Jacqui has her Level 1 NCAS coaching certificate. She is also helping mentor senior riders through their preliminary NCAS certificates and is always willing to share her knowledge and passion with them.

The Gill Rolton Memorial Alumni Award went to James Meyer of the Goolwa District Pony Club in South Australia.

James completed his veterinary degree in the inaugural class at the University of Adelaide. Spending his formative years at Goolwa District Pony Club, he remains an active member of Pony Club (past coach), FEI, Endurance and Equine Veterinarians Australia.

James grew up on the Fleurieu Peninsula and later ran Fleurieu Equine Practice in SA for five years from 2017 to 2022. He relocated to WA at the beginning of 2022 and now works at Oldbury Equine Clinic.

James frequently provides services for FEI events, such as the Adelaide International Horse Trials, as well as being an accredited Endurance veterinarian. His interests include equine dentistry as well as endocrine and metabolic diseases.

James is a previous pony club president (Goolwa Pony Club). He has officiated at pony club events, he took a pony club team to China in 2018 and has been a source of veterinary advice in SA and now WA. James has run sessions on horse health for coaches and riders and vaccination hubs for pony club members.

ABOVE: Riders from the Phoenix Acres Equine Centre.

The Accredited Riding Centre of the Year award went to the Phoenix Acres Equine Centre in Bundaberg, Queensland.

In the past year it has grown to a membership of 30 junior riders and two senior riders.

In January they held a start up camp to kick start the learning for the year. This proved to be successful because in the rallies that followed, the members knew the routine and basic skills needed to get themselves ready for rally each fortnight.

The centre took 13 of their members to one local gymkhana with great success. Many of them came home with a number of ribbons and achievements. Some of those riders have gone on to compete unofficially within the zone in show jumping and jumping equitation events.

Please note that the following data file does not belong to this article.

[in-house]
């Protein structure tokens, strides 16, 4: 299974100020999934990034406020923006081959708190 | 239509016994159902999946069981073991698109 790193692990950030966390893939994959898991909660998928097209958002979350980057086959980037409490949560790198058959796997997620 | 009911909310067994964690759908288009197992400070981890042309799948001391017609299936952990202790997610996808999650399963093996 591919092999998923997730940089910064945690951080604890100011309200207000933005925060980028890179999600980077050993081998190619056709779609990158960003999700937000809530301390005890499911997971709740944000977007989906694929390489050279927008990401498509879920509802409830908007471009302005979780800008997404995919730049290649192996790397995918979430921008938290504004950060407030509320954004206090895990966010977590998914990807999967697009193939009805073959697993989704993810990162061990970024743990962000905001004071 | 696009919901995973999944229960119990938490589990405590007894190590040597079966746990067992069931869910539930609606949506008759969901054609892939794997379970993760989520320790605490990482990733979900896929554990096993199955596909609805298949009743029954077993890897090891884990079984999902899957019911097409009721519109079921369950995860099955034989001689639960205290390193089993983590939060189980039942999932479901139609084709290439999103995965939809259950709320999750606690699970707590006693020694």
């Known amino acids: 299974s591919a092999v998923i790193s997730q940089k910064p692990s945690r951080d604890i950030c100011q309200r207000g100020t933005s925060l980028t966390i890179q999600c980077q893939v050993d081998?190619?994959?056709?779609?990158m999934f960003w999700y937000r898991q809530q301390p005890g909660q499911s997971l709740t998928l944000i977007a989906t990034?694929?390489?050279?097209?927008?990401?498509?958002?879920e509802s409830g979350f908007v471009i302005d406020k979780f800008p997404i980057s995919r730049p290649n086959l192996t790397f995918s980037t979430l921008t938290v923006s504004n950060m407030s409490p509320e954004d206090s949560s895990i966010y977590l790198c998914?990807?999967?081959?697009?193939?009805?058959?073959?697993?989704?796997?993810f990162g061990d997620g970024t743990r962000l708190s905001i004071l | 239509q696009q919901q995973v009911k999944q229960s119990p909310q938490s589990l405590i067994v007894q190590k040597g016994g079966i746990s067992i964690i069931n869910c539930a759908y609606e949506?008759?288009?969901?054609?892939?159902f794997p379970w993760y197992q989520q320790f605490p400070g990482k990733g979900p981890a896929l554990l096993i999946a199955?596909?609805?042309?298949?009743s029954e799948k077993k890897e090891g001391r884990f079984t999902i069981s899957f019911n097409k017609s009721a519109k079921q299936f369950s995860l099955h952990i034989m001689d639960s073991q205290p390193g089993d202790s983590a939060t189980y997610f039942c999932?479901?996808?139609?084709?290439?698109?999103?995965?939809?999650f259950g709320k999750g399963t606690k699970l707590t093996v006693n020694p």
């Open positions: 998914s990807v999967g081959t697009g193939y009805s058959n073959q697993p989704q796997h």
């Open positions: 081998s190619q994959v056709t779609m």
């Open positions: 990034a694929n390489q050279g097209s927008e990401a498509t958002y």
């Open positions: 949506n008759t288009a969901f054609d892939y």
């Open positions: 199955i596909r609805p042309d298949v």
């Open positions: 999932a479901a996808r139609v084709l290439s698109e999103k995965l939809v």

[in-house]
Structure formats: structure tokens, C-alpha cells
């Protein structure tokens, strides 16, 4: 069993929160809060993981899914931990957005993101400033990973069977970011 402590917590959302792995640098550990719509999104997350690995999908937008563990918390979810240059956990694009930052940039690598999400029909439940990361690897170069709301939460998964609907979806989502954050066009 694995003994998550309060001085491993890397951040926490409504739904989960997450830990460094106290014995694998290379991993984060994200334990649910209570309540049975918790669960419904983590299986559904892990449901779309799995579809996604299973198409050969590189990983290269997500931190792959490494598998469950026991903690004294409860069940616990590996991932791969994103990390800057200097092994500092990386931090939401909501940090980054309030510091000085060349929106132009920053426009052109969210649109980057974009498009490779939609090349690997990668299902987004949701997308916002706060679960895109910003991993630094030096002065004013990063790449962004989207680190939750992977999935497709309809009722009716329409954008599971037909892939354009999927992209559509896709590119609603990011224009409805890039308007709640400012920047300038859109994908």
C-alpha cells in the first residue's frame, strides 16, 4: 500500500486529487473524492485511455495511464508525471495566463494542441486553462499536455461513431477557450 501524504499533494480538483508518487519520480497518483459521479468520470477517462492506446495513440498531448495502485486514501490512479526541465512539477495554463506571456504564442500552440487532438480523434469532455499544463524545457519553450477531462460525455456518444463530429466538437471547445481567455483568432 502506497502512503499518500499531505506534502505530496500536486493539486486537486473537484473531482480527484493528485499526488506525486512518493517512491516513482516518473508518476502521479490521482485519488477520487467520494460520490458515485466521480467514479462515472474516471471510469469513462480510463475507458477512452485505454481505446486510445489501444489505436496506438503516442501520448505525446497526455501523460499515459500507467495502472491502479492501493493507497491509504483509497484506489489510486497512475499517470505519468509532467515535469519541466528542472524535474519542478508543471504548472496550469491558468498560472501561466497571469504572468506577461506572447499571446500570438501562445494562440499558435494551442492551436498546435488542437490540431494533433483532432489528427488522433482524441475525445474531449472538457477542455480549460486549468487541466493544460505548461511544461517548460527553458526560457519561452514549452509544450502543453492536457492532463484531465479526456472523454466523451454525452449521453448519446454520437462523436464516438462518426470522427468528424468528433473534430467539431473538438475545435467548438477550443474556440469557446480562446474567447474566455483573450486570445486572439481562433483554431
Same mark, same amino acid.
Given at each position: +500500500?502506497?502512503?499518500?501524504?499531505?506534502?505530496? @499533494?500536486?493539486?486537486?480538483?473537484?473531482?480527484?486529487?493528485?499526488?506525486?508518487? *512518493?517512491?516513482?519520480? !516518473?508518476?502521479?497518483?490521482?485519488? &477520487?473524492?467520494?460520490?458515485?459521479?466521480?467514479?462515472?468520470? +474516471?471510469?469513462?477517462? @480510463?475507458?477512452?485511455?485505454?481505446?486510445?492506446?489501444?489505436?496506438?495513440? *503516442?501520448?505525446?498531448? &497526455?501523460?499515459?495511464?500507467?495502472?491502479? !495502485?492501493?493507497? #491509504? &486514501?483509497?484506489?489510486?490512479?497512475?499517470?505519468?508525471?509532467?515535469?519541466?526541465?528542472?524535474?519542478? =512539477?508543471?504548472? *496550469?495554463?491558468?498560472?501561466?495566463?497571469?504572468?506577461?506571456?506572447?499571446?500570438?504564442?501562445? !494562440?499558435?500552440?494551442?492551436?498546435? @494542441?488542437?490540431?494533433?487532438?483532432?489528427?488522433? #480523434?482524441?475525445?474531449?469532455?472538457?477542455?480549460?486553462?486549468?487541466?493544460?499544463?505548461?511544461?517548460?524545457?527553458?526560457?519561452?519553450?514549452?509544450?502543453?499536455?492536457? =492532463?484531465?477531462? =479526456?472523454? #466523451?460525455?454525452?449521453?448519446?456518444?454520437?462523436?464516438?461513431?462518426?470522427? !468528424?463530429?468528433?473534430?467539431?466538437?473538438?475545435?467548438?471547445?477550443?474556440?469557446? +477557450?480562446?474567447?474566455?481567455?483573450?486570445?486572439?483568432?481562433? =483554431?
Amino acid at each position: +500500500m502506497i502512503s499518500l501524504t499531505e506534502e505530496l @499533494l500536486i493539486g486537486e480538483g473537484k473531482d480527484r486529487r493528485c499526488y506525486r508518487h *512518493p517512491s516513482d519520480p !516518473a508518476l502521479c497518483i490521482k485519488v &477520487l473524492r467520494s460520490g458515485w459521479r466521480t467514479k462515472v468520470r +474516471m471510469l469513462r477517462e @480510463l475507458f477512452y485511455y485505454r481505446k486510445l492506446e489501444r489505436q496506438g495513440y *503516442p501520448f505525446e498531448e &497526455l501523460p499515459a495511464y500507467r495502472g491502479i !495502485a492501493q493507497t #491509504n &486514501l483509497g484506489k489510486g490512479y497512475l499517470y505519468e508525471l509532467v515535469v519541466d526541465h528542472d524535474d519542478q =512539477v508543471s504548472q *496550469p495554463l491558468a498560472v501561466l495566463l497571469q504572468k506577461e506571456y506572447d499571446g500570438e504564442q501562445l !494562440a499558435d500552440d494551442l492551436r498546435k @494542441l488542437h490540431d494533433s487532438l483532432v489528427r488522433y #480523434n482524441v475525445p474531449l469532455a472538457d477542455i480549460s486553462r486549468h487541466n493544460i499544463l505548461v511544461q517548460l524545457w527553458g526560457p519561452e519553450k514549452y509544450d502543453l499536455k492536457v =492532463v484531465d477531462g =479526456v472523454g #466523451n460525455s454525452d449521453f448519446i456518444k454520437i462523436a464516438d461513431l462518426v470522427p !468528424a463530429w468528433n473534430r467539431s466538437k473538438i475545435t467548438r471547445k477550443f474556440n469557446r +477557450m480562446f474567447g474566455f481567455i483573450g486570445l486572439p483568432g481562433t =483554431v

In April, Phoenix Acres held an assessment weekend with Beryl Burkhardt, who signed off six students and awarded seven certificates. Another 25 members will sit their assessments in November.

Finally, the Club of the Year went to Yandina Pony Club in Queensland.

The last 18 months have been tough for all riders and their families during Covid and now floods and consistent rain. This led the club to implement many initiatives to keep the families engaged in activities, increasing membership from 51 in 2015 to 110 this year, including new memberships during the Covid lockdown This makes it the ninth largest club in Queensland.

“This year we implemented three new monthly activities in response to our growing diverse membership,” the club said in its application.

“As a club, we were acutely aware of the effects Covid had, especially on the children’s mental and social health, which is what led us to create the online exercises for riders to connect together in a relaxed format away from competition or pressure of any kind.

“Our committee works extremely well together as a team and we are all friends. We are able to have constructive, passionate debate whilst staying respectful and aware of each other's points of view.

“We are very aware of what our members want and try to fulfill this the best way we can. This filters down through our membership and we believe is a big part of the spirit of our club.”